The Road to KDE 4: SVG Rendering in Applications

Since KDE 4 development is in full swing with plans for a KDE 4.0
release sometime later this year, I thought I'd put together a
weekly piece entitled The Road to KDE 4. The idea is to
have a short overview of one or two of the features that show
progress in KDE 4. For my first issue, the goal is to show off some of the great SVG work that has taken place so far. Read on for the details...

Since many features are covered in personal blogs via the KDE Planet, I'll try to cover those that receive less public coverage, or need more public coverage.

The first thing I'd like to point out is that KDE 4 builds, installs, and runs well enough that I can test many of the ported KDE 3.x applications, and most of them are pretty stable. The real joys come when you look more closely at those improvements that are afforded by the changes in the base technologies. Today, I'll talk about one of the eyecandy features provided by Qt 4: SVG rendering in applications.

There are many other KDE applications reaping the benefits of SVG drawing to make them more pleasing, and more scalable. Check out some of these posts:

  1. Albert Astals Cid renovates blinKen
  2. KDE 4 games SVG status wiki

Today I'm going to focus on a handful of apps, providing before and after screenshots to compare the KDE 4 development version (pre-alpha stuff) to the existing KDE 3.5.5 equivalents.

To begin, I'll look at the KDE System Guard, a useful utility packed into KDE that you can pull up as 'ksysguard'. It does all sorts of neat things like display charts of memory and CPU usage, and a process table (also accessible via the Ctrl-Esc keyboard shortcut).

Here's how it looked in KDE 3.5.5:

And now, in the KDE 4 development series (the lines are antialiased, the graphs are translucent and the backgrounds are SVG):

As you can see, it is visually much improved from its current and very functional form.

Next we'll look at some of the diversions shipped in the kdegames package. KAtomic is a puzzle game. It's fun, semi-educational, and could definitely have used an image overhaul. Here it is in it's spartan KDE 3.5.5 glory:

And now, with much improved oxygen-style graphics in the development series:

KMahjongg ships in the kdegames package, and is a staple of puzzle gaming. Here it is from KDE 3.5.5 looking like a game that escaped from the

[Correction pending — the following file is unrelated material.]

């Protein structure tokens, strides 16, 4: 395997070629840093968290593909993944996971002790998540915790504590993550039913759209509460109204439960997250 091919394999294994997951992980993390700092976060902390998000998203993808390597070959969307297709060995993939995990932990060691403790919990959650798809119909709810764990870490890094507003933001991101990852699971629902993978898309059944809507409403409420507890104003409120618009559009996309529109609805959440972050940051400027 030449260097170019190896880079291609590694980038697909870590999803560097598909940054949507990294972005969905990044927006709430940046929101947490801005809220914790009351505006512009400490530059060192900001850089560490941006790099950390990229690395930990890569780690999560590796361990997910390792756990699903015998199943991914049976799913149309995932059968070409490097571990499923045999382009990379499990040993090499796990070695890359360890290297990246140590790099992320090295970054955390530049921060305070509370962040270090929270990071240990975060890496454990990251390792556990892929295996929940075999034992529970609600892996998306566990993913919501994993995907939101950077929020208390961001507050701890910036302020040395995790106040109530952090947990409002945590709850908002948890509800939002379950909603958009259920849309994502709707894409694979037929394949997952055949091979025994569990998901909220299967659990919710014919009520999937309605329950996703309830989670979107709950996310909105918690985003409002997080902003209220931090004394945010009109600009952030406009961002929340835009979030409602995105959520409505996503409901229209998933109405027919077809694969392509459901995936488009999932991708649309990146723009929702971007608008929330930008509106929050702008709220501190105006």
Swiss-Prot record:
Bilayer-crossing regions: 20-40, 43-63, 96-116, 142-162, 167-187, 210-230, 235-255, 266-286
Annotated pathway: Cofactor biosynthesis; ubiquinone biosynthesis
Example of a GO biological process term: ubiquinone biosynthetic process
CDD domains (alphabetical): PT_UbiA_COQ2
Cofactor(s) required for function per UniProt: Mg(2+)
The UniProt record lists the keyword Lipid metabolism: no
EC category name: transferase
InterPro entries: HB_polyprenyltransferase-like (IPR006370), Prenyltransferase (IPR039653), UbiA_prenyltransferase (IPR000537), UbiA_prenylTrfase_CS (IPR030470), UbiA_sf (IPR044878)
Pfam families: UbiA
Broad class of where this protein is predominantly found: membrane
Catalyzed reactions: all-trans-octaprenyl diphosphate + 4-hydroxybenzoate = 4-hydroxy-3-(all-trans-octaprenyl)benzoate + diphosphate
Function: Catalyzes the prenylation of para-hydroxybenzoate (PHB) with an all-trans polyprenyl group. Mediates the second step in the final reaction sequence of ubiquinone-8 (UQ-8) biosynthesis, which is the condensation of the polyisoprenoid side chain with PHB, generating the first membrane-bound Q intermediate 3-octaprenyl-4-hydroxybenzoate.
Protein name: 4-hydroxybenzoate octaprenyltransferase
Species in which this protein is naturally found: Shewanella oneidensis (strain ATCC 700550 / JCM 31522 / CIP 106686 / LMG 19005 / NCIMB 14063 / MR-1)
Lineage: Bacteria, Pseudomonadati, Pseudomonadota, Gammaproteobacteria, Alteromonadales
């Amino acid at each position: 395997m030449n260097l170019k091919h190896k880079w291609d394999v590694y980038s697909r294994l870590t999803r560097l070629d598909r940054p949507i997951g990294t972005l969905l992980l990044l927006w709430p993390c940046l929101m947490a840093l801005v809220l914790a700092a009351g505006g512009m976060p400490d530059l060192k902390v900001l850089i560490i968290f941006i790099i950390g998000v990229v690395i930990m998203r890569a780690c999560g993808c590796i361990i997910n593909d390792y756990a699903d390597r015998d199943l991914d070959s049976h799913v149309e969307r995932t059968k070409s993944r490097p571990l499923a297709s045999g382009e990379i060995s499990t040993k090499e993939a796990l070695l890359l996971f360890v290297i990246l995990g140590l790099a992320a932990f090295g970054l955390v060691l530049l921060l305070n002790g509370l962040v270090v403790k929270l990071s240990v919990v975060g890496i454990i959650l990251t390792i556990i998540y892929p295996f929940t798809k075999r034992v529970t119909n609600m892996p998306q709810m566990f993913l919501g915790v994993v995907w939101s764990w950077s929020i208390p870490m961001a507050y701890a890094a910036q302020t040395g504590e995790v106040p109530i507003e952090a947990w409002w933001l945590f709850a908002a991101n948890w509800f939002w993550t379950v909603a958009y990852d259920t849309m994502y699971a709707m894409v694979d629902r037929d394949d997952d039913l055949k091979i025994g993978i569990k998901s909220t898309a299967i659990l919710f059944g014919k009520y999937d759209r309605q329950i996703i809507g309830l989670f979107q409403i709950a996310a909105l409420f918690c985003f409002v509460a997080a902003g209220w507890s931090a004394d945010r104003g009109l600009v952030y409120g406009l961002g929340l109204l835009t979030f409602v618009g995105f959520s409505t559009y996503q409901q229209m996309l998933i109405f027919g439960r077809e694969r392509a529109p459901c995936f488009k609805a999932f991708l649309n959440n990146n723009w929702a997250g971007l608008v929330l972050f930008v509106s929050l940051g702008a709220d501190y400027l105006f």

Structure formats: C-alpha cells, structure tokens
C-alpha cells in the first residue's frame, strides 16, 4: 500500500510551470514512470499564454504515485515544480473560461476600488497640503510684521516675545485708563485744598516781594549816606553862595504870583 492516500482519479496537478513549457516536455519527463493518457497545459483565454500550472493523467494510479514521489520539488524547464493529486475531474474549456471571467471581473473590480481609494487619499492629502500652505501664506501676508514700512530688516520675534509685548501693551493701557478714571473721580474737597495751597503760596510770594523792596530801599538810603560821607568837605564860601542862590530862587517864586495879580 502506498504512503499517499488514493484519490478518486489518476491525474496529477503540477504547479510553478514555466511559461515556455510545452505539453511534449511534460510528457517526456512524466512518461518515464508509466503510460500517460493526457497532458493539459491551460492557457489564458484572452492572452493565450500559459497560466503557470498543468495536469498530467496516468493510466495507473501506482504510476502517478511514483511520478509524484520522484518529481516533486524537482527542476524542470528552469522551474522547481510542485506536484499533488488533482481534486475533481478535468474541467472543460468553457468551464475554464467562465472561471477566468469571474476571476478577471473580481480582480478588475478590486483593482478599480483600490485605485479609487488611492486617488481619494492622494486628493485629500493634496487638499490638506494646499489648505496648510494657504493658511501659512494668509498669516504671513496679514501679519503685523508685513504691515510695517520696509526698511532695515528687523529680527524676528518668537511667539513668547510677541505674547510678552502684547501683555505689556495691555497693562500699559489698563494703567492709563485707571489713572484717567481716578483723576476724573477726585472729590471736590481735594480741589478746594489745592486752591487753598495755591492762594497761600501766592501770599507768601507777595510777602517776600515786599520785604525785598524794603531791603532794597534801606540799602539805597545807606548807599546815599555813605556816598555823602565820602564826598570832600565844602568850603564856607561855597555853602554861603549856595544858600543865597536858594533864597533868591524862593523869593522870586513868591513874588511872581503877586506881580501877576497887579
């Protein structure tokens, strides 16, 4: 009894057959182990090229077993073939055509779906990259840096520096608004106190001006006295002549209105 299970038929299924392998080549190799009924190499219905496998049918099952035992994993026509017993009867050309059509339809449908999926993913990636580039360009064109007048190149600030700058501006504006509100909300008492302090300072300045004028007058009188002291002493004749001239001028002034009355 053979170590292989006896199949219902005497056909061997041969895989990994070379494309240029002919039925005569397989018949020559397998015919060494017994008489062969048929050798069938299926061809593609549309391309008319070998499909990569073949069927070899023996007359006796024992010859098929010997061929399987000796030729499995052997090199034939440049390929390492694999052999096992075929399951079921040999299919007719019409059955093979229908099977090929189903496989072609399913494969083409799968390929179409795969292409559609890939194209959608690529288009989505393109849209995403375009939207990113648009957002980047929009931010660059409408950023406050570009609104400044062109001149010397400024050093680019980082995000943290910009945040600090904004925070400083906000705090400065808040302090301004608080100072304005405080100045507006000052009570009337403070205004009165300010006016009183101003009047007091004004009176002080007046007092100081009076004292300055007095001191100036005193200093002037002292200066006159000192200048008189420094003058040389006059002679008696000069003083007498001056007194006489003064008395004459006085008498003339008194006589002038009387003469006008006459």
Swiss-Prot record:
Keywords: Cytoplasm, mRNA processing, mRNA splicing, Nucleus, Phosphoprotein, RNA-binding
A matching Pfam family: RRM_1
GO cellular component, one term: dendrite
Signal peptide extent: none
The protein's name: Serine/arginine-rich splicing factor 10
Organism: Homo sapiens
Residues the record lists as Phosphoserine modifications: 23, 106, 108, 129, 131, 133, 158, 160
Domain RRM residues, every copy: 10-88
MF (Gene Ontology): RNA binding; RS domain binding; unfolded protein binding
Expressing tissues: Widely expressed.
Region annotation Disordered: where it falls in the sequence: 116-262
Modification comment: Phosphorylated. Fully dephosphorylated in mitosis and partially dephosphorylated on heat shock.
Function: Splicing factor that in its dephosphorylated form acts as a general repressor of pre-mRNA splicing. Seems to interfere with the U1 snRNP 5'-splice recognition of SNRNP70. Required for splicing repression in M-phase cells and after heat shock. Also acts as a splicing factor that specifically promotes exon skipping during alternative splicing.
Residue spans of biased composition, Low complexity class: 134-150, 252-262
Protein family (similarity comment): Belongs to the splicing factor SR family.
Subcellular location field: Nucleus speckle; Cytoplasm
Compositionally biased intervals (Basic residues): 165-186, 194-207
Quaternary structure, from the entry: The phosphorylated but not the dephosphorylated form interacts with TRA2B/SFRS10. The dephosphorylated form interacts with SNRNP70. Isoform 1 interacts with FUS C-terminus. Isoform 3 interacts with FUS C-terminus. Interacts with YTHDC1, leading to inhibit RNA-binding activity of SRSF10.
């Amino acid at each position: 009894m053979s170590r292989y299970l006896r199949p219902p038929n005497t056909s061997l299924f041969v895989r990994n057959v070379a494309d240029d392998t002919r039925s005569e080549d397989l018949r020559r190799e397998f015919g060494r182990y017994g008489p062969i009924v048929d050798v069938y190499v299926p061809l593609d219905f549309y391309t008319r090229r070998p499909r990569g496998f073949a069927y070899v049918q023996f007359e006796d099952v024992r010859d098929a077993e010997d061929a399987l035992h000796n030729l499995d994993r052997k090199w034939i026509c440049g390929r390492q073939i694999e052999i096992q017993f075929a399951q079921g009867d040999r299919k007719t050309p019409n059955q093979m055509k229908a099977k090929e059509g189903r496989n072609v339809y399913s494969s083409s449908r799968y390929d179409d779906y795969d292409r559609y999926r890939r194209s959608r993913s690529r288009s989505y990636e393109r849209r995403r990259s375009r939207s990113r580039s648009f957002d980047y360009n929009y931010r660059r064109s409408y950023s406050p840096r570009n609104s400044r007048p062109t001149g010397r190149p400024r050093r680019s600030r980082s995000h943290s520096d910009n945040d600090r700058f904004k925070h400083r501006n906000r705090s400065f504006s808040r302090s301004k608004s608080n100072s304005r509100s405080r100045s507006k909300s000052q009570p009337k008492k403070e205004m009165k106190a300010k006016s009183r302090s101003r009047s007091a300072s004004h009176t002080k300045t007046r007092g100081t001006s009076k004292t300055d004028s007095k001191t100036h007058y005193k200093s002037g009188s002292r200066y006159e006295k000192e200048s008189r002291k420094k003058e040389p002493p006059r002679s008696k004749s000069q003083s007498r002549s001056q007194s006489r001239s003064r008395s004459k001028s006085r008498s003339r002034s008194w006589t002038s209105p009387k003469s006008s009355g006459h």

Best of Windows Entertainment Pack

And now, with a much-improved SVG-powered tileset in the
development series:

And last but not least, is one of the more frequently used parts of KDE: the "Run Command" dialog (Alt-F2). Previously this:

Now, thanks to desktop interface guru Aaron Seigo, it's a SVG themable, really slick element of the Plasma desktop. Still a work in progress, but you'll get the idea from this screenshot.

Until next time folks, when I reveal yet another KDE 4 feature under development. Cheers.


by Emil Sedgh (not verified)

KDE4 is really faster than 3.x series because of QT4 improvements.

by James Smith (not verified)

Read this and find a cushion for your liar's chair. KDE is becoming slimmer with QT4, not fatter.

by Anon (not verified)

That link would be great if it had anything to do with KDE4's memory usage. At all.

"KDE itself was KDE 3.5.2 with my performance patches"

Why did you even bother to post it?

by J (not verified)

The KDE System Guard background needs to be lighter. Also loose the line or whatever there, it's useless and makes the graph less readable.

I'm generally against using graphics everywhere, they should be used if it makes the application in question easier to use, but not for prettiness sake.

Also, try to make KDE4 not Vista-slow. Just tested Vista today and it was eating around 20% CPU idle on a 1200$ laptop.

Vector graphics are pretty and powerful but eat a lot of cpu, at least before dedicated vector GPUs appear, and thus should be used sparingly.

Also, when using SVG, remember to optimize! There should be a function in every respectable vector graphics package to do that. Better yet, design effective(as in few paths and few points) graphics from the ground up.

Sorry to sound so critical, it's just that I run KDE and want it to be as good as possible.

But, good work and carry on!

ps. If there is a particular area that needs improving graphics-wise, I'm a fairly experienced graphic designer trying to learn SVG

by Daniel Aleksandersen (not verified)

Correct me if I am wrong, but will not using SVG mean increased use of memory?

by Ali (not verified)

It is really amazing this KDE 4 ! I am impressed with new look ! It is great!
Thanks KDE team!